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Report of Major-General Anderson.

headquarters Anderson's division, near Fredericksburg, Va., June 6, 1863.
Brigadier-General R. H. Chilton, Assistant-Adjutant and Inspector-General, and Chief of Staff, A. N. V.:
General: I have the honor to submit the following report of the operations of the division under my command during the late engagements along the Rappahannock:

Before the twenty-ninth of April the brigades were posted as follows: Mahone's and Posey's at United States Ford, Wilcox's at Banks's Ford, Perry's near the old mine road, about three miles west of Fredericksburg, and Wright's at Massaponax Church.

On the morning of the twenty-sixth of April, when the enemy crossed the river at the mouth of Deep Run, Wright's brigade was brought up from Massaponax Church, and placed to the left and rear of Major-General Early's position. Later in the day it was ordered to take post near Perry's brigade, and at dark the latter was moved to the river to relieve such of the troops of McLaws's division as were on duty above Fredericksburg and opposite Falmouth. About nine o'clock P. M., the same day, I received orders from the commanding General to repair to Chancellorsville, and to make such a disposition of the two brigades (Mahone's and Posey's) which had been posted at United States Ford, as to check the advance of the enemy who had crossed the Rappahannock at the fords above the Rapidan, and were approaching Ely's and Germana Fords on the latter river. I proceeded to obey these directions, and ordered Brigadier-General Wright to move his brigade to Chancellorsville. Upon arriving at Chancellorsville at midnight, I found that Brigadier-General Mahone had already occupied that place with the troops from the United States Ford, having left a regiment from his own and five companies of the Ninth Mississippi regiment from Posey's brigade, to hold the ford as long as possible. I learned also that the enemy had crossed the Rapidan at Ely's and Germana Fords, capturing, after a very obstinate resistance, the greater part of a working party and picket which had been stationed at the latter place. After consultation with Brigadier-Generals Mahone and Posey, and an examination of the position at Chancellorsville, I decided upon falling back from that place to the point on the plank road at which the old mine road crosses it; and this was done early on the morning of the thirtieth of April--Wright's brigade, which had arrived at daylight, and the force which had been left at United States Ford, being withdrawn at the same time. Wright's and Posey's brigades retired from Chancellorsville by the plank road and Mahone's by the old turnpike. Whilst they were moving off, and before the pickets had been called in, the cavalry of the enemy, under cover of fog and rain, dashed upon the picket on the Ely's Ford road, and captured a part of one company. They subsequently attacked the rear guard of Mahone's brigade, but were so effectually repulsed that we were no further annoyed by them during the movement. Upon arriving at the intersection of the old mine and plank roads, I met Colonel W. P. Smith, chief engineer, army of Northern Virginia, and Captain Johnston, of the engineer corps, who had been sent by the commanding General to examine the position and establish the line of intrenchments. The work of intrenching was commenced immediately after the line had been selected, and was continued with great diligence and activity throughout that day, the night following, and the early part of the next morning. During the day there were occasional skirmishes with the enemy's cavalry who had followed from Chancellorsville. In the afternoon, Colonel Owens, commanding the Third regiment Virginia cavalry, joined me with his regiment, and threw out pickets to the front and upon each flank.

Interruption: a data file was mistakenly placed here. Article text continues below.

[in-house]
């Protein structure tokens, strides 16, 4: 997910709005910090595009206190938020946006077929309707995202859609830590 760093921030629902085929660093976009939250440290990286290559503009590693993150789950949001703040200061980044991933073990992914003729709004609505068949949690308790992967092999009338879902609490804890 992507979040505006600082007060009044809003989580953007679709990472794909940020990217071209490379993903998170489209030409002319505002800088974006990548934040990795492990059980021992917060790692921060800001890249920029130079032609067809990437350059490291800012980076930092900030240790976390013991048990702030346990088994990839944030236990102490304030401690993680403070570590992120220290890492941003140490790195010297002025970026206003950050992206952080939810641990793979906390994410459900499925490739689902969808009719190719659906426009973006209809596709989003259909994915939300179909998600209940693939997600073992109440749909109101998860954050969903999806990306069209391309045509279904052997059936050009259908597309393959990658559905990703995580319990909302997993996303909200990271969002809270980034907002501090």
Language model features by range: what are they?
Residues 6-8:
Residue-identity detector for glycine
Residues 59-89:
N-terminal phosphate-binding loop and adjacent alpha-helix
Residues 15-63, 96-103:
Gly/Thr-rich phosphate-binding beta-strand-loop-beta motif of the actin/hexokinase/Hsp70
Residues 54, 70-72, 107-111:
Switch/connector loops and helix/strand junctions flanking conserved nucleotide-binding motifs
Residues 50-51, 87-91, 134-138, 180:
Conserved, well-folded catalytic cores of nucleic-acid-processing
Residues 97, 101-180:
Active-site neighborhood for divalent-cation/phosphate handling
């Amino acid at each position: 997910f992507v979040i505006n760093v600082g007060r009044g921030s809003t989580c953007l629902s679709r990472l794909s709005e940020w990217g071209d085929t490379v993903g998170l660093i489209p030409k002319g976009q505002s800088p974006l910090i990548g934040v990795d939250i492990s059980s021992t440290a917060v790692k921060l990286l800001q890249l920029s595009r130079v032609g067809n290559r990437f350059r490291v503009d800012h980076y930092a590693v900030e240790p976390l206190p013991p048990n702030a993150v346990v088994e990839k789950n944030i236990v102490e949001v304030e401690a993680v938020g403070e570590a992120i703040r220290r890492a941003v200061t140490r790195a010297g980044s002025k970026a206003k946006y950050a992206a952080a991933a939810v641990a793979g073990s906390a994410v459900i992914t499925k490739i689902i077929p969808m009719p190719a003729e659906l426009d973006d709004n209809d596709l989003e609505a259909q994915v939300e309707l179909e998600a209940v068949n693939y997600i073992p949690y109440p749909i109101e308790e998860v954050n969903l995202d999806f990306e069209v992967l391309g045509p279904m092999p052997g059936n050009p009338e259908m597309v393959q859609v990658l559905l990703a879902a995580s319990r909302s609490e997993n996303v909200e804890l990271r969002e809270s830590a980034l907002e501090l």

A little before sunrise on the first of May, Major-General McLaws having come up with his division, strengthened the force immediately in front, and secured our right flank by occupying the trenches along Motte Run. At eight o'clock A. M., Lieutenant-General Jackson arrived. By his orders the work on the trenches was discontinued, and the troops were put in readiness for an advance. Wilcox's and Perry's brigades, which had been left above Fredericksburg, being at the same time ordered to join their division. The advance commenced at eleven o'clock A. M. Mahone's brigade with Jordan's battery of Alexder's battalion leading the movement on the old turnpike, and Wright's and Posey's brigades, with the other batteries of Alexander's battalion, leading on the plank road. Colonel Owens's regiment of cavalry was employed in reconnoitring these roads and others diverging from them. When the troops on the plank road had advanced about two miles, the enemy was discovered in considerable force. They opened on us with artillery, and seemed determined to resist our further progress. Brigadier-General Wright was directed to follow, with his brigade, the line of the unfinished Fredericksburg and Gordonsville railroad, to threaten their right, and to compel them to fall back. This was executed with spirit and rapidity, and the enemy fell back with precipitation before our advance, which was resumed soon afterwards. General Wright continued to follow the line of the railroad without opposition until he arrived at the Catharine or Wellford's furnace, where he had a sharp encounter with a superior force of the enemy. Darkness put a stop to this conflict without any decided results having been attained, and at ten o'clock at night, in obedience to orders from Lieutenant-General Jackson, he returned to the plank road, along which Posey's brigade had, in the mean time, advanced to within a short distance of the enemy's intrenchments around Chancellorsville. Mahone's brigade, in like manner, fought its way along the old turnpike to a point about one mile from Chancellorsville. Wilcox's and Perry's brigades, in coming up from Fredericksburg, had been direacted